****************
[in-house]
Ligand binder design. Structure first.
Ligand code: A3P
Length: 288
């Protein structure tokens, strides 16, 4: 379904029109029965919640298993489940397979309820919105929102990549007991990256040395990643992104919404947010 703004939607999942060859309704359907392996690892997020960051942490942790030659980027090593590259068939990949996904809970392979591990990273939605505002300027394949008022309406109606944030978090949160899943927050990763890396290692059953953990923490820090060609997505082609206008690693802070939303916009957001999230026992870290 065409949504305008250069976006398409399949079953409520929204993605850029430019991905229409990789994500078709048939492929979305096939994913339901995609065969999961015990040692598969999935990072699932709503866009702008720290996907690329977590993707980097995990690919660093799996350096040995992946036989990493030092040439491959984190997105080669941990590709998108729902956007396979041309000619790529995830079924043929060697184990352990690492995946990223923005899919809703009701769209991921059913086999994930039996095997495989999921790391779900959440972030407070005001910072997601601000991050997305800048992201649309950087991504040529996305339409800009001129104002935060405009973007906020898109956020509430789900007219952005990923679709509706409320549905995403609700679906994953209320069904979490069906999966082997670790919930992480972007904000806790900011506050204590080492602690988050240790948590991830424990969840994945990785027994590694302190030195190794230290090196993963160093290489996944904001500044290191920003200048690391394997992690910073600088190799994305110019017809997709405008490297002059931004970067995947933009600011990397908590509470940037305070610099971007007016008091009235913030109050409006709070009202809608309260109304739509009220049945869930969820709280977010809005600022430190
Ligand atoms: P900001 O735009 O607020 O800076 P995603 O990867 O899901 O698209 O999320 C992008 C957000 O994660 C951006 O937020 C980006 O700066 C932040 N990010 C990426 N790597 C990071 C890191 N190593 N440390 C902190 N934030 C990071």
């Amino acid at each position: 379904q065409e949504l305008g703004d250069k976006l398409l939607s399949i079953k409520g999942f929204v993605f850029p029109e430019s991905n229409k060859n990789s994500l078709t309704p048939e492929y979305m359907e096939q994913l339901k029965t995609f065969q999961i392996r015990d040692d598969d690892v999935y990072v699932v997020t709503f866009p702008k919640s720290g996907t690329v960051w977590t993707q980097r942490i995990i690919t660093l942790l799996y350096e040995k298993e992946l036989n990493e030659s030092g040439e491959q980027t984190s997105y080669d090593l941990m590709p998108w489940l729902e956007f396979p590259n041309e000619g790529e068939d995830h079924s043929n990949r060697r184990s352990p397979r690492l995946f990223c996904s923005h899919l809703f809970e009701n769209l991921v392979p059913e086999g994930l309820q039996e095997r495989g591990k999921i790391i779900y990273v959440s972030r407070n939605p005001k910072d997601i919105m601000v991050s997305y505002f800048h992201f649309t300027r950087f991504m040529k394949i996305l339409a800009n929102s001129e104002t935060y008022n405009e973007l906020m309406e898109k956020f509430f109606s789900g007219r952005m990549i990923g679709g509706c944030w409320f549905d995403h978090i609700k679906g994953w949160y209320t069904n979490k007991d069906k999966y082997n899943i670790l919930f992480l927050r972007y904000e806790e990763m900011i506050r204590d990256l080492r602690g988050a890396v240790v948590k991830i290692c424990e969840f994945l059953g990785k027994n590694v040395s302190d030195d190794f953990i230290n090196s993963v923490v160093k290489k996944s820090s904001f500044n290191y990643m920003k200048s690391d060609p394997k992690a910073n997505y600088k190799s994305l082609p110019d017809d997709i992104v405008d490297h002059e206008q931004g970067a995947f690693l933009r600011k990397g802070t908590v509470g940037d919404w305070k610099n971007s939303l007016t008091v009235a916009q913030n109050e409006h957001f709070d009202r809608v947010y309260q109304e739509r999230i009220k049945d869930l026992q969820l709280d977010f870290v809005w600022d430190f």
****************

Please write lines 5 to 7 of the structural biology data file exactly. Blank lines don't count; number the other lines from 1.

């Protein structure tokens, strides 16, 4: 379904029109029965919640298993489940397979309820919105929102990549007991990256040395990643992104919404947010 703004939607999942060859309704359907392996690892997020960051942490942790030659980027090593590259068939990949996904809970392979591990990273939605505002300027394949008022309406109606944030978090949160899943927050990763890396290692059953953990923490820090060609997505082609206008690693802070939303916009957001999230026992870290 065409949504305008250069976006398409399949079953409520929204993605850029430019991905229409990789994500078709048939492929979305096939994913339901995609065969999961015990040692598969999935990072699932709503866009702008720290996907690329977590993707980097995990690919660093799996350096040995992946036989990493030092040439491959984190997105080669941990590709998108729902956007396979041309000619790529995830079924043929060697184990352990690492995946990223923005899919809703009701769209991921059913086999994930039996095997495989999921790391779900959440972030407070005001910072997601601000991050997305800048992201649309950087991504040529996305339409800009001129104002935060405009973007906020898109956020509430789900007219952005990923679709509706409320549905995403609700679906994953209320069904979490069906999966082997670790919930992480972007904000806790900011506050204590080492602690988050240790948590991830424990969840994945990785027994590694302190030195190794230290090196993963160093290489996944904001500044290191920003200048690391394997992690910073600088190799994305110019017809997709405008490297002059931004970067995947933009600011990397908590509470940037305070610099971007007016008091009235913030109050409006709070009202809608309260109304739509009220049945869930969820709280977010809005600022430190
Ligand atoms: P900001 O735009 O607020 O800076 P995603 O990867 O899901 O698209 O999320 C992008 C957000 O994660 C951006 O937020 C980006 O700066 C932040 N990010 C990426 N790597 C990071 C890191 N190593 N440390 C902190 N934030 C990071």
């Amino acid at each position: 379904q065409e949504l305008g703004d250069k976006l398409l939607s399949i079953k409520g999942f929204v993605f850029p029109e430019s991905n229409k060859n990789s994500l078709t309704p048939e492929y979305m359907e096939q994913l339901k029965t995609f065969q999961i392996r015990d040692d598969d690892v999935y990072v699932v997020t709503f866009p702008k919640s720290g996907t690329v960051w977590t993707q980097r942490i995990i690919t660093l942790l799996y350096e040995k298993e992946l036989n990493e030659s030092g040439e491959q980027t984190s997105y080669d090593l941990m590709p998108w489940l729902e956007f396979p590259n041309e000619g790529e068939d995830h079924s043929n990949r060697r184990s352990p397979r690492l995946f990223c996904s923005h899919l809703f809970e009701n769209l991921v392979p059913e086999g994930l309820q039996e095997r495989g591990k999921i790391i779900y990273v959440s972030r407070n939605p005001k910072d997601i919105m601000v991050s997305y505002f800048h992201f649309t300027r950087f991504m040529k394949i996305l339409a800009n929102s001129e104002t935060y008022n405009e973007l906020m309406e898109k956020f509430f109606s789900g007219r952005m990549i990923g679709g509706c944030w409320f549905d995403h978090i609700k679906g994953w949160y209320t069904n979490k007991d069906k999966y082997n899943i670790l919930f992480l927050r972007y904000e806790e990763m900011i506050r204590d990256l080492r602690g988050a890396v240790v948590k991830i290692c424990e969840f994945l059953g990785k027994n590694v040395s302190d030195d190794f953990i230290n090196s993963v923490v160093k290489k996944s820090s904001f500044n290191y990643m920003k200048s690391d060609p394997k992690a910073n997505y600088k190799s994305l082609p110019d017809d997709i992104v405008d490297h002059e206008q931004g970067a995947f690693l933009r600011k990397g802070t908590v509470g940037d919404w305070k610099n971007s939303l007016t008091v009235a916009q913030n109050e409006h957001f709070d009202r809608v947010y309260q109304e739509r999230i009220k049945d869930l026992q969820l709280d977010f870290v809005w600022d430190f």